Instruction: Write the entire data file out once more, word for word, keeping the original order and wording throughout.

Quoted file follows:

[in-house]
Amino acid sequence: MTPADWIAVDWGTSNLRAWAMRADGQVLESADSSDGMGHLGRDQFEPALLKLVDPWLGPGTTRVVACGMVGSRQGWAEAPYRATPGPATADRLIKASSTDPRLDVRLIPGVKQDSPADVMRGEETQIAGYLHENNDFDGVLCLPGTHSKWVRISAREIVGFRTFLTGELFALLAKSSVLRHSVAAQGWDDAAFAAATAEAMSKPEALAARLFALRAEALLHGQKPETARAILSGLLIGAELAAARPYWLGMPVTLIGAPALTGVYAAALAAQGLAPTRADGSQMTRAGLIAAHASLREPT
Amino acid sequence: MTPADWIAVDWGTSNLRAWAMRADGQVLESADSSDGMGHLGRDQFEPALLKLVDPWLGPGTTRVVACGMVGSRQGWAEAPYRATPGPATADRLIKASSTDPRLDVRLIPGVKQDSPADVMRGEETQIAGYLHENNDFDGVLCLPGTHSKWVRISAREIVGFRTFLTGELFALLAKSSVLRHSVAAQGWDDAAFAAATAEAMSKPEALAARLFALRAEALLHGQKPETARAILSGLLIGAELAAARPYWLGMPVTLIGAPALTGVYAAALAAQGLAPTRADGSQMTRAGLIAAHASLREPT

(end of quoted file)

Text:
[in-house]
Amino acid sequence: MTPADWIAVDWGTSNLRAWAMRADGQVLESADSSDGMGHLGRDQFEPALLKLVDPWLGPGTTRVVACGMVGSRQGWAEAPYRATPGPATADRLIKASSTDPRLDVRLIPGVKQDSPADVMRGEETQIAGYLHENNDFDGVLCLPGTHSKWVRISAREIVGFRTFLTGELFALLAKSSVLRHSVAAQGWDDAAFAAATAEAMSKPEALAARLFALRAEALLHGQKPETARAILSGLLIGAELAAARPYWLGMPVTLIGAPALTGVYAAALAAQGLAPTRADGSQMTRAGLIAAHASLREPT
Amino acid sequence: MTPADWIAVDWGTSNLRAWAMRADGQVLESADSSDGMGHLGRDQFEPALLKLVDPWLGPGTTRVVACGMVGSRQGWAEAPYRATPGPATADRLIKASSTDPRLDVRLIPGVKQDSPADVMRGEETQIAGYLHENNDFDGVLCLPGTHSKWVRISAREIVGFRTFLTGELFALLAKSSVLRHSVAAQGWDDAAFAAATAEAMSKPEALAARLFALRAEALLHGQKPETARAILSGLLIGAELAAARPYWLGMPVTLIGAPALTGVYAAALAAQGLAPTRADGSQMTRAGLIAAHASLREPT